Deeper Than You Think


Photo by Luca Bravo on Unsplash

Your reservoir runs deeper than you think.

Speaking Up

There was a period of time where my teammates didn’t feel safe to speak up. One of the hang-ups that I heard from someone looking at a problem which needed action was that the solution was something a leader should be doing.

My teammate wasn’t wrong.

In a conversation with my boss, I mentioned that while we were discussing taking initiative and the team feeling safe to speak up. Shortly afterward, she forwarded me a Marcus Blankenship newsletter about, “What if I’m not the boss?” The recommendation was (crude paraphrase here) that because you have eyes to see and a mind to think you also have a voice to speak. That boss has done a lot to foster an environment which encourages people to speak up, speak out, take initiative, and take ownership.

That said, our leadership structure shifted and I no longer report to her.

Mentorship

Shortly after the announcement was made that we’d be reporting to someone else, I sat down at her desk and said, “I know I’m not going to be reporting to you anymore, but I want to work on personal development, and I need to have some conversations that are a lot easier if I’m not also getting to know someone. Could I still meet with you a couple of times?”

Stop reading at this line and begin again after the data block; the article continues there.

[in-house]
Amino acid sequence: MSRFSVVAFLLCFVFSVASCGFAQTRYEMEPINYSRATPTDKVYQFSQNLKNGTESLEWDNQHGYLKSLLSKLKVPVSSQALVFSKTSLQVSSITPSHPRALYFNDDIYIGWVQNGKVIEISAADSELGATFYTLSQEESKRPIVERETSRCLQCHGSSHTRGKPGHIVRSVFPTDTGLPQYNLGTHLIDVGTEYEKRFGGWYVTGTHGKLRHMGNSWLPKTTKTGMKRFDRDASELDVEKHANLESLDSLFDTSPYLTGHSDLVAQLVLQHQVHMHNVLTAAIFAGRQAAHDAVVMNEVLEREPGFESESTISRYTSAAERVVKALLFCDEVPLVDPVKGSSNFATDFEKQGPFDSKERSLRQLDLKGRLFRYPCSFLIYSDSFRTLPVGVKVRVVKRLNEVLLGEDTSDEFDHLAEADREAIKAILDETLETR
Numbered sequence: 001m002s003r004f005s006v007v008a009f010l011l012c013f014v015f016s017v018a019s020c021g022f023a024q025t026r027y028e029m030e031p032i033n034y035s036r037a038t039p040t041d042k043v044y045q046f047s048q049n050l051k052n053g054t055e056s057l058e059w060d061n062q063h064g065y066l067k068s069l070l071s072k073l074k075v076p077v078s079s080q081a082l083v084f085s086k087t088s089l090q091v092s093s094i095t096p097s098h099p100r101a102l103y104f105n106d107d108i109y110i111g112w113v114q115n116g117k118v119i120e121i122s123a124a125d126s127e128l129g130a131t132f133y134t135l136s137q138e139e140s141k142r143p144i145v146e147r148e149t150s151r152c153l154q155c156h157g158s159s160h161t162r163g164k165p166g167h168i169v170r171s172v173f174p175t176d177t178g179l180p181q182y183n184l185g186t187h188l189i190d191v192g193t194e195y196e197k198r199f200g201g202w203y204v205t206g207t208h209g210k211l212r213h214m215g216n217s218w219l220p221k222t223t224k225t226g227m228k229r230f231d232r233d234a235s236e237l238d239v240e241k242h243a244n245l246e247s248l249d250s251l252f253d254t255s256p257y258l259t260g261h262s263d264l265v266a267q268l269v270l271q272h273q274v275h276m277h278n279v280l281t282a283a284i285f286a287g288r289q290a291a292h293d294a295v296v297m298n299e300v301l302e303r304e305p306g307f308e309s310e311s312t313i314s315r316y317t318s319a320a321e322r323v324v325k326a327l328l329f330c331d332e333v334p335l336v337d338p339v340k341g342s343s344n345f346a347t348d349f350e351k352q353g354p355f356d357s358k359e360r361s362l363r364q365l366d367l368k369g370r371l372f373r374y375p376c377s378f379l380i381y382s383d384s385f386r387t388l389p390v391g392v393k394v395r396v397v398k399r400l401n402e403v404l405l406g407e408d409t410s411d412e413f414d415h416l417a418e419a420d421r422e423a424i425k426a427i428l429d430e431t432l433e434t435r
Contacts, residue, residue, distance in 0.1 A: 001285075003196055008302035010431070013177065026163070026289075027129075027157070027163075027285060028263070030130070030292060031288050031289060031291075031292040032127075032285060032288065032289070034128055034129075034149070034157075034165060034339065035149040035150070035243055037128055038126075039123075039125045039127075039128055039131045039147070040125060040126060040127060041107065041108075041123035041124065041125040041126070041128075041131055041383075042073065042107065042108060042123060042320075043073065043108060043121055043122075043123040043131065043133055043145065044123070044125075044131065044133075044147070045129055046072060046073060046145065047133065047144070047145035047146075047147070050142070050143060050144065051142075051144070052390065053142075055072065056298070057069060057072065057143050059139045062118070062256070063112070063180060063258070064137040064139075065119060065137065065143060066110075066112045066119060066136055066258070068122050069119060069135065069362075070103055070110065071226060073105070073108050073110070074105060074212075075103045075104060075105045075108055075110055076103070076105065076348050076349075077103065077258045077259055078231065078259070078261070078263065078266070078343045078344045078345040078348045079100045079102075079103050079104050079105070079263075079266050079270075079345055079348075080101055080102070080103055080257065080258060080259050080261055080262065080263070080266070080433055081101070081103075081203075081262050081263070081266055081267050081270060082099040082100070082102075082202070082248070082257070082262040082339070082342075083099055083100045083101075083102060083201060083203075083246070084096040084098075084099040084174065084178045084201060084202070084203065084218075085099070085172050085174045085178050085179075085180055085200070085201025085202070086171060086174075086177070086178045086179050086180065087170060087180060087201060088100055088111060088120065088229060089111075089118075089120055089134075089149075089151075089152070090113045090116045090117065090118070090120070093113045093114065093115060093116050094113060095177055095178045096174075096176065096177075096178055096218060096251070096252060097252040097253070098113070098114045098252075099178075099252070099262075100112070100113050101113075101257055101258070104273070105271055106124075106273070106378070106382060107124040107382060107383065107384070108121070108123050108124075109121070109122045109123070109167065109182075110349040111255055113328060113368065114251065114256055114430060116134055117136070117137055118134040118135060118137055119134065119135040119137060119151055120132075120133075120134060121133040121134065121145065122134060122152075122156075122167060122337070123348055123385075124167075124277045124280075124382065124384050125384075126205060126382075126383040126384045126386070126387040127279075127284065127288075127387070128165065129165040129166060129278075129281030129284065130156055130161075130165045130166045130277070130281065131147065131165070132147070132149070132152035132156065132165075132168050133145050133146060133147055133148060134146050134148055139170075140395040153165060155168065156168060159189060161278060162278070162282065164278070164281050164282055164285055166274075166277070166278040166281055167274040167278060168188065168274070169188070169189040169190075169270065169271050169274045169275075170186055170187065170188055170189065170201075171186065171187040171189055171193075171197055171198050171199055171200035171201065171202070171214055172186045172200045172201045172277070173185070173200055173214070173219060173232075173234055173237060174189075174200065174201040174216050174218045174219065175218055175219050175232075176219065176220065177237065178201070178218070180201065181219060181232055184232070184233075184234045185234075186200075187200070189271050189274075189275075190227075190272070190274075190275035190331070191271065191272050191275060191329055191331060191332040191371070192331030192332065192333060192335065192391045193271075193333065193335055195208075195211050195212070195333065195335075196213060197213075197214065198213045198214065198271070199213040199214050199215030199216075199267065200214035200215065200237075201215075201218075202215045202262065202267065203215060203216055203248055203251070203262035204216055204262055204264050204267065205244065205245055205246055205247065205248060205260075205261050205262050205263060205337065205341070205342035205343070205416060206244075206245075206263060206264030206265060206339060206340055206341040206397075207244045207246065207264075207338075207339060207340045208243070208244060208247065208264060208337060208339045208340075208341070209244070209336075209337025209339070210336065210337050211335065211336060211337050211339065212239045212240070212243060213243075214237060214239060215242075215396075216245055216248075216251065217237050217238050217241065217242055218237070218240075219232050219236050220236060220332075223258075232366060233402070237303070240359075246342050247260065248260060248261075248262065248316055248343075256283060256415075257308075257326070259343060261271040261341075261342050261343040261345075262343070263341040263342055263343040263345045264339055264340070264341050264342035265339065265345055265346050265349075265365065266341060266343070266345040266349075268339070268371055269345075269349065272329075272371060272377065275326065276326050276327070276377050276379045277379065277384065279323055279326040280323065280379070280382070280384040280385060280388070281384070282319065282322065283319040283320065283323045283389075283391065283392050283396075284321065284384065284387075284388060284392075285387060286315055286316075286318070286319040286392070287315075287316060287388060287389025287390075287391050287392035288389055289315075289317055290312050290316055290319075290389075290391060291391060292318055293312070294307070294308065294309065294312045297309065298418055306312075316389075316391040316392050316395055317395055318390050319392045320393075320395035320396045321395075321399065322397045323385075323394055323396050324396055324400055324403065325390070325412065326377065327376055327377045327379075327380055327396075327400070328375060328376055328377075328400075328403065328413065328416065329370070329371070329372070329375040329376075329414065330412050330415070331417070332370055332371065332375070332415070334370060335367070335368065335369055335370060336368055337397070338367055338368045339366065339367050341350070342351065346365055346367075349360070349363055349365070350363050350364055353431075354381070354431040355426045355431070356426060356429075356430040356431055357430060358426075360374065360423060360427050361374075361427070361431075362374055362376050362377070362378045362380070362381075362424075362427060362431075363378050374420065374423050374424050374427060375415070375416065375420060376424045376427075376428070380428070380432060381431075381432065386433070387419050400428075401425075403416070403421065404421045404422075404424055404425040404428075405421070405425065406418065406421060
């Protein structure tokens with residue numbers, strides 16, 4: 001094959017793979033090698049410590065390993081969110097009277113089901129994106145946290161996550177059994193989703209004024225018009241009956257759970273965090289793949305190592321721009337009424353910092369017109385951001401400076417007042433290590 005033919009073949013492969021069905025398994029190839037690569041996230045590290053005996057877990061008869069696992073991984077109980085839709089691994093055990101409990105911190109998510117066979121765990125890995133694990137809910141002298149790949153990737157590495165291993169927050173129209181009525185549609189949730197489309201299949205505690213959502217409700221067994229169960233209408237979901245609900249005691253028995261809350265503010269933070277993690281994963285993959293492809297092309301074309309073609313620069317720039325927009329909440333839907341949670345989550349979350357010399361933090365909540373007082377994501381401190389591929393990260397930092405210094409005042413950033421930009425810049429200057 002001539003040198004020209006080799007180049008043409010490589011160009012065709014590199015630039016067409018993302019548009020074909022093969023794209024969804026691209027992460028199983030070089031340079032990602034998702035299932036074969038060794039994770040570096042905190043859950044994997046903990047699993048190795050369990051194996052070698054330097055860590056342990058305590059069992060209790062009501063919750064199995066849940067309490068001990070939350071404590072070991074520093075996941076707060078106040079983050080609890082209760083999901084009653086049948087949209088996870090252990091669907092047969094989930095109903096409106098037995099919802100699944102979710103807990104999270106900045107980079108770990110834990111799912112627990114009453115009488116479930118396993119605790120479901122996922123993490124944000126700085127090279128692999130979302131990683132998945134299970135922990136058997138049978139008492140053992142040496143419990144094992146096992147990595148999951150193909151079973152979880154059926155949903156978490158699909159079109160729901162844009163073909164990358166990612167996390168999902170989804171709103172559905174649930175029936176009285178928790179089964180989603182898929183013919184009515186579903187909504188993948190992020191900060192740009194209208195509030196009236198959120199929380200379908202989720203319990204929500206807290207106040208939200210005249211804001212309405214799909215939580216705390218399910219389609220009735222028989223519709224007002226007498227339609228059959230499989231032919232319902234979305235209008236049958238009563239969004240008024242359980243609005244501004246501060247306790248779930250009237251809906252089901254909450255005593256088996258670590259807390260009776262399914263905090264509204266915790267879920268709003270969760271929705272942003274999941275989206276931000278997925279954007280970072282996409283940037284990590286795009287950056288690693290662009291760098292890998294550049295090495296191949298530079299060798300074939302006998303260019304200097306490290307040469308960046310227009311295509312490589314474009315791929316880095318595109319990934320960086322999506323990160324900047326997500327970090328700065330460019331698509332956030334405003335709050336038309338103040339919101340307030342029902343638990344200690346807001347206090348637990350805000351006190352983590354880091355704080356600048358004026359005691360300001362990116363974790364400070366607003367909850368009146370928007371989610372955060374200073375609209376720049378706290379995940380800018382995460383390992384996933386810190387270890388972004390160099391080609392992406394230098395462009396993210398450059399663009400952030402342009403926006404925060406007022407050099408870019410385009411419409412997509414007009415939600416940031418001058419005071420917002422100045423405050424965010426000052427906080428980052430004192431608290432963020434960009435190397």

She said yes, and we had a one-on-one. As the meeting was drawing to a close, she started asking me something, and then paused for a moment like she felt the question was awkward, and then asked if I wanted to be her mentee.

It hadn’t seemed like an odd question at all to me. We’ve had a lot of growth and development conversations, and she’s shared a lot of useful resources with me. She also knew, from a much earlier conversation, that I was looking for more mentorship (at that point, I hadn’t asked her, I was just mentioning it in passing.)

I accepted. To me, it was a no brainer because I can learn a lot from her and when it comes to having difficult conversations, she’s already earned my trust.

Your Reservoir

These two conversations, among other things, made it clear that a lot of people underestimate what they have to offer. We all have shortcomings, weaknesses, and gaps in our knowledge. But most people have more to offer than they admit to themselves.

Speak up. Speak out. Help those around you.

You have what it takes.

Not Everyone’s Ally


Photo by Neil Thomas on Unsplash